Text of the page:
IT departments have to simultaneously support additional capacity and services while decreasing overall operational costs, writes Ulrich Weigel, EMEA director of security management practice at NetIQ.
Although these requirements are at odds, server virtualisation technology can help meet these goals. With primary advantages including cost savings and increased hardware resource utilisation, the decision to virtualise is an easy one. As with most technologies, however, there are potential drawbacks and management issues. In some cases, organisations can simply apply the same best practices they have defined for physical machines. In other cases, virtualisation raises new issues.
The benefits of virtualisation and the ways in which it can help simplify IT operations come at the cost of various management-related challenges.
Some ssues that must be addressed when supporting a virtualised infrastructure:
* Virtual machine sprawl: Organisations that start to support virtualisation technology quickly find themselves supporting large numbers of virtual machines throughout the environment. As end-users and systems administrators can quickly and easily create new virtual machines, IT teams often find themselves supporting hundreds of new OS instances. Keeping track of these virtual machines and ensuring that they meet IT standards is a difficult task;
* Heterogeneous environments: A helpful benefit of using virtual machines is the ability to deploy many types of OS platforms and environments. Although this can help support legacy workloads, it forces IT departments to support a much broader variety of systems. IT teams need the tools and expertise to make sure that all their guest OSs are properly secured and configured; and
* Lack of IT management: The process of deploying new physical machines involves numerous steps, including purchasing hardware and physically deploying the systems into a production data centre. These steps help ensure that IT experts are involved in production deployments. New virtual machines, however, can be created and deployed within a matter of minutes. Often, new virtual machines are deployed without IT oversight. The end result is a proliferation of systems that might not meet IT security policies and management best practices.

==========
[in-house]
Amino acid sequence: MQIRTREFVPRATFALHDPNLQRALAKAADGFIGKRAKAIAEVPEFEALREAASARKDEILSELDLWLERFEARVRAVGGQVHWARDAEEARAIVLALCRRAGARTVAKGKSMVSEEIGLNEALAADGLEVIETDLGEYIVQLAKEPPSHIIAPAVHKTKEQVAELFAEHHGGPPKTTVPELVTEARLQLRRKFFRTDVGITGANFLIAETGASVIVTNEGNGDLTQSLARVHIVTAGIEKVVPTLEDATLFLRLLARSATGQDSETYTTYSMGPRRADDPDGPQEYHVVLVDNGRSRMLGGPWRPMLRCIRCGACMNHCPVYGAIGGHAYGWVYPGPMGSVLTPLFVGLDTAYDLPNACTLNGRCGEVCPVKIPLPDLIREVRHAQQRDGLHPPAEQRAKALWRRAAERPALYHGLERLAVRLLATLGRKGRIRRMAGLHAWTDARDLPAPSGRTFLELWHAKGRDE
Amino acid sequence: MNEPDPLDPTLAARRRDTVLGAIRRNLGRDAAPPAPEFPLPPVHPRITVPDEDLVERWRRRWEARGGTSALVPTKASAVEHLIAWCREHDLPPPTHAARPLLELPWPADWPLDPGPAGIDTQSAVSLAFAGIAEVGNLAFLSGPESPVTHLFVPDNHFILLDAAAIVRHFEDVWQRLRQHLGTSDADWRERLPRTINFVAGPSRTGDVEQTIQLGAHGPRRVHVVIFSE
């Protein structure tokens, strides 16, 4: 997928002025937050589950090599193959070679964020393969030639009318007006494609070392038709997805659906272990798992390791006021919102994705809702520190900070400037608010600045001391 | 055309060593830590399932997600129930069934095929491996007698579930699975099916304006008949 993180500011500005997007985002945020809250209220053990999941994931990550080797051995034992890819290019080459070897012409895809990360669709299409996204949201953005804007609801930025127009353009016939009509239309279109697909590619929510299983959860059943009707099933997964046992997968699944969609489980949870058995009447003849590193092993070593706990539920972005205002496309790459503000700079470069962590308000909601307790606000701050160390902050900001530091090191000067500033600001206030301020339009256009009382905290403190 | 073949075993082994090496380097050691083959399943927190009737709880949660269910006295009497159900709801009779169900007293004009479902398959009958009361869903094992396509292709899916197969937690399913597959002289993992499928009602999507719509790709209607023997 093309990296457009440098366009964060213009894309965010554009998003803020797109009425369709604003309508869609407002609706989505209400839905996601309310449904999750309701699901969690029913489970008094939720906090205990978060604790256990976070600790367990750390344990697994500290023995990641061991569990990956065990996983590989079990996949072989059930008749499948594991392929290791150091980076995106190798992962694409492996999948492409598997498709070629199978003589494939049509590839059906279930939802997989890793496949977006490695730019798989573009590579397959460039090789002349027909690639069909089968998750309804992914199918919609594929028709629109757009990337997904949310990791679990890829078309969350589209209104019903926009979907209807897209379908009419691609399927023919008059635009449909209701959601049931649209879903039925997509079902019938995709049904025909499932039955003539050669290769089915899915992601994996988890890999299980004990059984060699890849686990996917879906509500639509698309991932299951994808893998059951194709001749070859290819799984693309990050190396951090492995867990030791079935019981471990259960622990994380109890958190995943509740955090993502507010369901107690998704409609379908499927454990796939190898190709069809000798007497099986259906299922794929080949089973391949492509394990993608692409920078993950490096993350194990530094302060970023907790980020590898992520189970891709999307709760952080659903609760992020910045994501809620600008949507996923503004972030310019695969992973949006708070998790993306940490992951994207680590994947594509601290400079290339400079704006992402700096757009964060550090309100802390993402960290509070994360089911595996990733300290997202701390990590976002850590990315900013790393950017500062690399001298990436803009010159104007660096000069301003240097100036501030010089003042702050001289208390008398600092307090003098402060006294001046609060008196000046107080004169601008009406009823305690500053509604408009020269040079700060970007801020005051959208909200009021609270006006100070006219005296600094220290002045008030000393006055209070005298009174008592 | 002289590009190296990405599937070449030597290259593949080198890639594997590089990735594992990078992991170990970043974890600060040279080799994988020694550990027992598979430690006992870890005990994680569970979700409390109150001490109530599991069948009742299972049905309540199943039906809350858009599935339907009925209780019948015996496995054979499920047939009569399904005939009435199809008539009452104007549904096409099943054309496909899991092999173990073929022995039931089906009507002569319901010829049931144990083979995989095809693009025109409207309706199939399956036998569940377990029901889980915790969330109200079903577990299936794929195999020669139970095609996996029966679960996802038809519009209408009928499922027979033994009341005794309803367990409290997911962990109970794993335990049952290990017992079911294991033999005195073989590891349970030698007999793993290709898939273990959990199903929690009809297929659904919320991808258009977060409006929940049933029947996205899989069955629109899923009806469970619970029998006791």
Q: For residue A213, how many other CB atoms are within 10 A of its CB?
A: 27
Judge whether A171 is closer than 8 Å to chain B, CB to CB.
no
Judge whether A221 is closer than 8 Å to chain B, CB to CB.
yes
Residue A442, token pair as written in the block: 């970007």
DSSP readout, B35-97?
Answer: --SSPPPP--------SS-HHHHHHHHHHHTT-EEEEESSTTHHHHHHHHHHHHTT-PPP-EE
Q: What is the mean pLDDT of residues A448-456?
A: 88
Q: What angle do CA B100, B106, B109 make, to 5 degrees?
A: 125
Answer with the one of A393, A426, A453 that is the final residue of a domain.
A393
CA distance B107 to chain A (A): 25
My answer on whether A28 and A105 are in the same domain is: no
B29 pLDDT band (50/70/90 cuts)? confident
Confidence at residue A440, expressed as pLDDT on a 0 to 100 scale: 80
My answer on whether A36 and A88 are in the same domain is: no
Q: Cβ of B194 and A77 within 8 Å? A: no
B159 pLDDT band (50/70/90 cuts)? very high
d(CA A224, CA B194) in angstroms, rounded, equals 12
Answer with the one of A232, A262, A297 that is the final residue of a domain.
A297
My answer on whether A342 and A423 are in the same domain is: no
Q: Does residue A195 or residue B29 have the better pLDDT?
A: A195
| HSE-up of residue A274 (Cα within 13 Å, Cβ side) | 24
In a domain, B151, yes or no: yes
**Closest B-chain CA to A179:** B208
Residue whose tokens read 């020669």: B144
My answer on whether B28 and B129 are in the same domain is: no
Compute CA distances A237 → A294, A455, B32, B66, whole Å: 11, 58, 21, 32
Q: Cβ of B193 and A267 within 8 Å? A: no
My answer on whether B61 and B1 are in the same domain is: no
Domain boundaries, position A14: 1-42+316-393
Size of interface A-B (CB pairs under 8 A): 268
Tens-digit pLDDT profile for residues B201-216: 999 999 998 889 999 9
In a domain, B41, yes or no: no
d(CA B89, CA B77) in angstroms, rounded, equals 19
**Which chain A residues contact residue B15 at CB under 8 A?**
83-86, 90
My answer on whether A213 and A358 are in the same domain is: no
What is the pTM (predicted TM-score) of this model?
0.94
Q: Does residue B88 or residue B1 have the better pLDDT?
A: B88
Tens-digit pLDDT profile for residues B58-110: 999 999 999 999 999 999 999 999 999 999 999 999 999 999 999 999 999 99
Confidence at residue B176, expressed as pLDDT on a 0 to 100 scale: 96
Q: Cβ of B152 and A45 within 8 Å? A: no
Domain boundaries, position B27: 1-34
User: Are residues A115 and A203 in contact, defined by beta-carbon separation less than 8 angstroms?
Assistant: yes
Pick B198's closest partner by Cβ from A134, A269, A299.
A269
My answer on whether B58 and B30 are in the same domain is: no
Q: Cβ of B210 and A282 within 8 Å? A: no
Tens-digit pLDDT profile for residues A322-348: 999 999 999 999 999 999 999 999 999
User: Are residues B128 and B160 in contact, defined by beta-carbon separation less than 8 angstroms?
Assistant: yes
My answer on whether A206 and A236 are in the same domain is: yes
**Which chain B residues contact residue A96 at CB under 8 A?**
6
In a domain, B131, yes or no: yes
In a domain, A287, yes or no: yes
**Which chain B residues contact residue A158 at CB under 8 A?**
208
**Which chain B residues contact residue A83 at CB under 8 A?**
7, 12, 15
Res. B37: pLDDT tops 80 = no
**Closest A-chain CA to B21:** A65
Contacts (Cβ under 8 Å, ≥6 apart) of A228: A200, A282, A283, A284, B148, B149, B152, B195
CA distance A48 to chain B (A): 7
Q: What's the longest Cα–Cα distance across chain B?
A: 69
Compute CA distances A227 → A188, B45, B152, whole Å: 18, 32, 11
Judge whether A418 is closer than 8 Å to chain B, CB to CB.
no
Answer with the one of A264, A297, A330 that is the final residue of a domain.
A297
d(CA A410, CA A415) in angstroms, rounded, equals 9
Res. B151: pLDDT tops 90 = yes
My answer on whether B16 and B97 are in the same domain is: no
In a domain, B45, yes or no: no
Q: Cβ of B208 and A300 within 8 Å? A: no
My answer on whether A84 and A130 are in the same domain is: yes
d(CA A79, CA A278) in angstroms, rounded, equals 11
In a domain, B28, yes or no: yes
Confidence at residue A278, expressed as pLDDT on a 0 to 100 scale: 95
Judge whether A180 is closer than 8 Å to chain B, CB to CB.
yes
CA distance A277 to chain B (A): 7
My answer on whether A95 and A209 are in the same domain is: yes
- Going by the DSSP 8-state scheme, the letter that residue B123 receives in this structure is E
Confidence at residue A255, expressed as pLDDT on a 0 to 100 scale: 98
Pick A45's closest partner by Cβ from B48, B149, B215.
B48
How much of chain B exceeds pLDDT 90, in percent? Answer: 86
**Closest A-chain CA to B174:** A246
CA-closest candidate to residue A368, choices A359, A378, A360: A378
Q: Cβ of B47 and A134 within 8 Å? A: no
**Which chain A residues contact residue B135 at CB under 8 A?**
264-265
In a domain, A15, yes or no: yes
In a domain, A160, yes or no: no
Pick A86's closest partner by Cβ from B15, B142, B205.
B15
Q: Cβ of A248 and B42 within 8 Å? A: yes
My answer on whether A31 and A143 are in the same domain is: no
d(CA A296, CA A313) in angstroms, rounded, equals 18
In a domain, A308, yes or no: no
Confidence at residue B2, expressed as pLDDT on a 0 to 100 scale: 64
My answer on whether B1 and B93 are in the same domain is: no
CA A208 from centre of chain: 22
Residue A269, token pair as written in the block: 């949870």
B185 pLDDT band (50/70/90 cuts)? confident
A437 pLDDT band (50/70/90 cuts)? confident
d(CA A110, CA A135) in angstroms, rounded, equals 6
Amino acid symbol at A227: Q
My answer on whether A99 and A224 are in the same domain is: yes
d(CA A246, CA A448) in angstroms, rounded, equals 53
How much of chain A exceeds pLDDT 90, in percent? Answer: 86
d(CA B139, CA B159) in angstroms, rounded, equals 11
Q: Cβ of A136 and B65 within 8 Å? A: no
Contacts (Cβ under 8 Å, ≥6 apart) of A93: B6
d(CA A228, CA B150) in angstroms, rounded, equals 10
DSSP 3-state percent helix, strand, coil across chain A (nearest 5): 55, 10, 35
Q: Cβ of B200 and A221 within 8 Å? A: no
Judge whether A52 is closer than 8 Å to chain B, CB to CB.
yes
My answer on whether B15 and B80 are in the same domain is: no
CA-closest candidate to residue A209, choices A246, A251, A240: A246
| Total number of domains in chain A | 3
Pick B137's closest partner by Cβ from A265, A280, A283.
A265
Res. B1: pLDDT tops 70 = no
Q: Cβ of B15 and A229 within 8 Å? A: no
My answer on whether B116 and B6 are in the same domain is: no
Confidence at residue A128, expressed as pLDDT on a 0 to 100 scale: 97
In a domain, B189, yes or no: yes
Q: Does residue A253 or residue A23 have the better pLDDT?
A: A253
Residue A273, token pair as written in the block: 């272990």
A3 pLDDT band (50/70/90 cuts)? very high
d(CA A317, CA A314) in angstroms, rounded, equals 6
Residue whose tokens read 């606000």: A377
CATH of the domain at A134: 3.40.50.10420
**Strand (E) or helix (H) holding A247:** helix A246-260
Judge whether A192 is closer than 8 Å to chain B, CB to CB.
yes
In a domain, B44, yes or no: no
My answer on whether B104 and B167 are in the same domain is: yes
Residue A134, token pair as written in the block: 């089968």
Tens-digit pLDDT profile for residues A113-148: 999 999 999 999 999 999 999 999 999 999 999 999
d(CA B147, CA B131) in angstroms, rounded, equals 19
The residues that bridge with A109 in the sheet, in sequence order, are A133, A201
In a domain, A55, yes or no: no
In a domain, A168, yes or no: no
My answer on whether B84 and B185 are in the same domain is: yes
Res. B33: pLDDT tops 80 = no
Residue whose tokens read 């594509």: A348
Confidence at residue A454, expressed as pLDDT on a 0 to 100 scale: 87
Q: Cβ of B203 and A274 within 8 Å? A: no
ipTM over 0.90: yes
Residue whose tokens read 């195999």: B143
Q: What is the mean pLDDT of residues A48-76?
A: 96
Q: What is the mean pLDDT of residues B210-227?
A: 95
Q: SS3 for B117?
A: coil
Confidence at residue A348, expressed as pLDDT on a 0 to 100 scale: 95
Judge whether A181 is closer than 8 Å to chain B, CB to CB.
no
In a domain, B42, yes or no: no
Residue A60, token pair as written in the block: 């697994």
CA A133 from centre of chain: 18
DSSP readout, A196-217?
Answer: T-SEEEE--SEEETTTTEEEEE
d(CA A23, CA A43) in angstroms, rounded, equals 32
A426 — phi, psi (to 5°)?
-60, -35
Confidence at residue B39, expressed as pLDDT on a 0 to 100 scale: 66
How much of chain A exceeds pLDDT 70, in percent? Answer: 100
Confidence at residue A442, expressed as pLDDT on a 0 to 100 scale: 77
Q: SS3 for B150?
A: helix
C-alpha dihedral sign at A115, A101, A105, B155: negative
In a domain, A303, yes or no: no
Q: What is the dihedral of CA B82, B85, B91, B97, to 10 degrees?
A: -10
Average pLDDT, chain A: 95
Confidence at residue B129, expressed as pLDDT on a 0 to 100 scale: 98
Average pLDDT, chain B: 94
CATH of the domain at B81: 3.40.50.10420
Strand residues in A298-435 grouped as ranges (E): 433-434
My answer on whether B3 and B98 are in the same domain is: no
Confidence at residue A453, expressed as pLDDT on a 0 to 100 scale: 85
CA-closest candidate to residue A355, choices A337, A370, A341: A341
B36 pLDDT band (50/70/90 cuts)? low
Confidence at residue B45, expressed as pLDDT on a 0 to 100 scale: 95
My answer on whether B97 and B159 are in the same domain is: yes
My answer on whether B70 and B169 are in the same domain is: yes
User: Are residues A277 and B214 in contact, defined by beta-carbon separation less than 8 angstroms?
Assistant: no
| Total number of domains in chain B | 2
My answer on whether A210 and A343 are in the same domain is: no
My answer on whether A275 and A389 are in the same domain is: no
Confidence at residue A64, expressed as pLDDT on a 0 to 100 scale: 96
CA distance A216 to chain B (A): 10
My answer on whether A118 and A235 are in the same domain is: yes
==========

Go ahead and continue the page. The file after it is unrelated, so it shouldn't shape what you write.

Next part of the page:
Effective deployment is crucial to successful virtualisation management. One approach is to move existing workloads into a virtual machine, a process commonly referred to as a physical-to-virtual (P2V) conversion. The other option is to create new virtual machines into which applications and services are installed. Regardless of the approach, organisations need to keep several management aspects in mind.
* Capacity planning: To meet business and technical requirements, IT departments must be able to determine their current and future infrastructure needs. Details include determining how many applications can be supported given the current hardware configuration and planning for future purchases. As each service or application will have unique hardware resource requirements, performance characteristics must also be considered. Even in small environments, this information can be difficult to manage manually; and
* Determining optimal virtual machine placement: When deploying virtual machines, organisations must be able to identify which host systems are the most appropriate targets. When system resources are under-utilised, organisations will leave potential capacity untapped. However, systems that are over-utilised will likely result in performance or availability problems. The goal is to combine workloads based on “compatible” resource requirements. For example, a CPU-intensive workload should be combined with one that primarily requires disk or network resources.
The focus here has been on identifying virtualisation management challenges and providing some best-practice recommendations for addressing those issues. Unfortunately, it is very difficult for IT employees to implement these practices manually. The numbers and types of systems that are supported can be varied, diverse and large in scope and number. And the issue of virtual machine sprawl can make monitoring and configuring these systems all but impossible.
Furthermore, IT employees must have detailed knowledge and expertise of all the systems they manage in order to meet organisations’ requirements.
Ultimately, all these challenges lead to the necessity of an enterprise-aware virtualisation management platform, designed to meet the needs of organisations that support both virtual and physical machines. Companies that implement a solution designed to provide a best-practice approach to managing virtualisation while simplifying many of the most difficult tasks will realise the benefits of virtual machine technology while minimising administrative costs and overhead.
* NetIQ is distributed and supported in South Africa by 10Net ICT Solutions.